This book presents a unique manifestation of a scholarly discourse related to the CEFR in the East Asian region.
In the 21st century, multiculturalism and multilingualism form highly complex issues that are addressed around the globe by educators, researchers, and politicians alike. In this context, the Common European Framework of Reference for Languages (CEFR) remains one of the most ambitious examples of language policy. More than a simple linguistic policy, it also helps foreign language learners to construct their linguistic and cultural identity. The term multilingualism as used by the EU covers that of plurilingualism, which highlights the communicative value of any given language, thereby encouraging persons living in Europe to develop their communicative competence in a plurilingual Europe.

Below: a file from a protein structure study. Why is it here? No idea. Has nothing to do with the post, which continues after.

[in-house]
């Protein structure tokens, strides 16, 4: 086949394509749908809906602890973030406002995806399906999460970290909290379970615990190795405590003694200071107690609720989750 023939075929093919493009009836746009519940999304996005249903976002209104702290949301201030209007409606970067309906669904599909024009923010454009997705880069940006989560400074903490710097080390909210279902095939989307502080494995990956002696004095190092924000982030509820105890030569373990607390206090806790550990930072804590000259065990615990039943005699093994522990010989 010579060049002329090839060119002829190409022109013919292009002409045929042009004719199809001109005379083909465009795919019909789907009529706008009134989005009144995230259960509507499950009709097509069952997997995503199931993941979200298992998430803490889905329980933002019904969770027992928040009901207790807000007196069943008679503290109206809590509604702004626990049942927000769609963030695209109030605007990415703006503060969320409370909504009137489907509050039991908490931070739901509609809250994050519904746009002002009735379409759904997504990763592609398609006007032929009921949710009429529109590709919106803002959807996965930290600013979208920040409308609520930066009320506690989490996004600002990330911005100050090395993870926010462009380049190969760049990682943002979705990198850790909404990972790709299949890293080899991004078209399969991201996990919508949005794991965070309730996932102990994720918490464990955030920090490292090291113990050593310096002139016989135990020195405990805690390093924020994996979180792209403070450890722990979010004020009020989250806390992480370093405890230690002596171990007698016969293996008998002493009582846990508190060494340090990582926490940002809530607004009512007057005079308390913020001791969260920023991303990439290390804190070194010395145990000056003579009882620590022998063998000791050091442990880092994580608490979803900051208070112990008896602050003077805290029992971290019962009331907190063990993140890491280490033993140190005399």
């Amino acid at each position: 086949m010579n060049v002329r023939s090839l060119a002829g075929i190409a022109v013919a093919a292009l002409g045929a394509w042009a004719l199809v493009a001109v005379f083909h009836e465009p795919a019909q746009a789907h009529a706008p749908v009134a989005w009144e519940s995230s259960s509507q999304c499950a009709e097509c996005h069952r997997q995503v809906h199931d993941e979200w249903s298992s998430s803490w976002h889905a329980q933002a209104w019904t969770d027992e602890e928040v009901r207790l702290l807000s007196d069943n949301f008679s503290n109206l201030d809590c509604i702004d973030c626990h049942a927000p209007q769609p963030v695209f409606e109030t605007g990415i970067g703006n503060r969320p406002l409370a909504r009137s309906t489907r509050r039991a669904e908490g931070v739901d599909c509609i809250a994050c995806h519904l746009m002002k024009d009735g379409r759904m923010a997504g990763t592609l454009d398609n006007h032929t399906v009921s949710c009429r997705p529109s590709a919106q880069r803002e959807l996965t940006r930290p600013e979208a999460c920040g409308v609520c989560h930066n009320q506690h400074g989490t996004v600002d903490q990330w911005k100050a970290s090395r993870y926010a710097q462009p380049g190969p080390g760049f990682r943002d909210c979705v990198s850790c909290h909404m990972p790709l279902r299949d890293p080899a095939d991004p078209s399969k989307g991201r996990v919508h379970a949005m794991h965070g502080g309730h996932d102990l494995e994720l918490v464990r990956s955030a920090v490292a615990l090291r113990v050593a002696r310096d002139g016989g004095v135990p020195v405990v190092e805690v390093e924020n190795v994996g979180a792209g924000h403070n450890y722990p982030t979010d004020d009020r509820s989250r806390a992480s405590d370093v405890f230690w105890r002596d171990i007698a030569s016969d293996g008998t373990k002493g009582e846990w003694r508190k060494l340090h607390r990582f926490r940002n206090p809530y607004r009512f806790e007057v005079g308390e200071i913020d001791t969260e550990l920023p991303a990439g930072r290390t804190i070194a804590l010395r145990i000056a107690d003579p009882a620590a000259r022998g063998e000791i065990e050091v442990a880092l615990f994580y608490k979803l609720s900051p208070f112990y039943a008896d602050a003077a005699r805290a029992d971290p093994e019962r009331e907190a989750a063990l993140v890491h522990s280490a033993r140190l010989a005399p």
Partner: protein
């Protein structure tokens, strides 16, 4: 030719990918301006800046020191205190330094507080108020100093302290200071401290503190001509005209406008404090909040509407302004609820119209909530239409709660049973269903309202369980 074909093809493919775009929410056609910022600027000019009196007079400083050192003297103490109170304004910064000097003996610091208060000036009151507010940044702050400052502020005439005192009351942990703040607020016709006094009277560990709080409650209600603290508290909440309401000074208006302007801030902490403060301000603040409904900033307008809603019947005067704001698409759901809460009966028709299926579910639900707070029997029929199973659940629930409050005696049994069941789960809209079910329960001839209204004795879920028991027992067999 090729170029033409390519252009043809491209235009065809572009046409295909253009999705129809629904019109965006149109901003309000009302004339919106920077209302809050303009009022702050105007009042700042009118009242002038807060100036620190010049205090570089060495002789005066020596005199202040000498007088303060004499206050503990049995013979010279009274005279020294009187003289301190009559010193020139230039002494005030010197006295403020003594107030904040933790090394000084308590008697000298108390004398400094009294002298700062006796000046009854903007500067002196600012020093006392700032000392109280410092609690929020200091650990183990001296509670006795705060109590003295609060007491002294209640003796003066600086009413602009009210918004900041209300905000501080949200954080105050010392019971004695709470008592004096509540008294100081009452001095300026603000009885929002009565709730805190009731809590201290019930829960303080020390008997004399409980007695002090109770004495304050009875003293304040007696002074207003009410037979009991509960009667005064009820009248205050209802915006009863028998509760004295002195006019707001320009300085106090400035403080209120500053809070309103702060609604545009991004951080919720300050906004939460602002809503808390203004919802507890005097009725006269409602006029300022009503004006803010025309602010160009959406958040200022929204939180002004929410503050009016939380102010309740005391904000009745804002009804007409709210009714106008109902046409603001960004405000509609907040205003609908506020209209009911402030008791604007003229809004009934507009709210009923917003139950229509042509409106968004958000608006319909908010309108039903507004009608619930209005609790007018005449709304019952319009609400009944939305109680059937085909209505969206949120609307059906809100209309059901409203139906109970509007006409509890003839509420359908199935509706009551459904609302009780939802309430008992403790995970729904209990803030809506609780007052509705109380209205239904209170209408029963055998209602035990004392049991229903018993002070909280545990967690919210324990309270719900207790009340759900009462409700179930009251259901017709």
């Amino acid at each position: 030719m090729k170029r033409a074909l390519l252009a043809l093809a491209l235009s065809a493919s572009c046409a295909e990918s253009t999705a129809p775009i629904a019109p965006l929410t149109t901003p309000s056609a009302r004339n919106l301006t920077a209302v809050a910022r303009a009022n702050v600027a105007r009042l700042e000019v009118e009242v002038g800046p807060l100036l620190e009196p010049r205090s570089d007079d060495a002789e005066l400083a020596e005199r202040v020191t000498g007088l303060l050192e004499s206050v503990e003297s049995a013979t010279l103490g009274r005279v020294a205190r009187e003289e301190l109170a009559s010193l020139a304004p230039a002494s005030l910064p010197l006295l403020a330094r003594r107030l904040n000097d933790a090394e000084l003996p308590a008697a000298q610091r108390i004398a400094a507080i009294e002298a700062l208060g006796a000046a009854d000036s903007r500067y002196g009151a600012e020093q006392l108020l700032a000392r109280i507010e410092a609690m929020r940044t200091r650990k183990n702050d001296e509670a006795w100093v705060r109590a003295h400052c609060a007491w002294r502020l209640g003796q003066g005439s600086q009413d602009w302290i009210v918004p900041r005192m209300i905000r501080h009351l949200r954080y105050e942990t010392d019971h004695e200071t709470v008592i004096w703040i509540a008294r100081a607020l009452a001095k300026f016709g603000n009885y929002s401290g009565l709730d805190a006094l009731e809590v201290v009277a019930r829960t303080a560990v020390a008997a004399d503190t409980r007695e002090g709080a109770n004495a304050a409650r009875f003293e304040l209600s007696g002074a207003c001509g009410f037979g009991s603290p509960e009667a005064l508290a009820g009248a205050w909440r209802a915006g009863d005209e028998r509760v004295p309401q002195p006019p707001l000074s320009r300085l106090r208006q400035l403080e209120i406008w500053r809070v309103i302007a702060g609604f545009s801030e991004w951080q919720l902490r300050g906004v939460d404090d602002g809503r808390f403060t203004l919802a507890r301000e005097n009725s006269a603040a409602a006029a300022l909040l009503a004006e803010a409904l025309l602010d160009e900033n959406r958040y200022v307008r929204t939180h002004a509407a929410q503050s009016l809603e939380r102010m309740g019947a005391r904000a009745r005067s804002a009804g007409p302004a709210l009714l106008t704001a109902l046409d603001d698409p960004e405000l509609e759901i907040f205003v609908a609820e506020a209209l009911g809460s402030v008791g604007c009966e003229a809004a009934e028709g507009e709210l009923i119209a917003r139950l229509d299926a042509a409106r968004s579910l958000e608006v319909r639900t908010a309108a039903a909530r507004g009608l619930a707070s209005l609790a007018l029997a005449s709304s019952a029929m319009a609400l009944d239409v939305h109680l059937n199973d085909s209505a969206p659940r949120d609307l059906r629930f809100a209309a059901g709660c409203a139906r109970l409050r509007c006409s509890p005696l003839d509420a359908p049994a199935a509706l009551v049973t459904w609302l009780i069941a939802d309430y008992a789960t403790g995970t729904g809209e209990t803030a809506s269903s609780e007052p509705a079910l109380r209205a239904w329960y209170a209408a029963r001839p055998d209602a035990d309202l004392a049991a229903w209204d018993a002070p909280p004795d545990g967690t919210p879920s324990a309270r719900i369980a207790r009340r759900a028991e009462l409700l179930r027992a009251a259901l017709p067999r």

As for the situation in East Asia, many educational institutions and even government agencies have adopted the CEFR over the last decade for various reasons. However, doubts exist about whether this move to implement a reliable language proficiency assessment was well researched or merely blindly adopted due to political motivations. A part of the CEFR is based on the ideal of a plurilingual Europe and the fact that most Europeans do command a certain level of language competence in several languages and that they can oftentimes build upon it when learning another European language. No doubt, East Asian societies are multilingual societies as well. Besides their mother tongue, the majority of people living in this region speak the standard variety of their respective country. However, does that mean that native speakers of two or more Asian languages have an advantage when learning European languages?
Foreign language educators from Europe and the East Asian region are joined in this project, engaging in very stimulating discussions and uncovering the vast potential of the CEFR as a catalyst in pluricultural and plurilingual education facing the new millennium.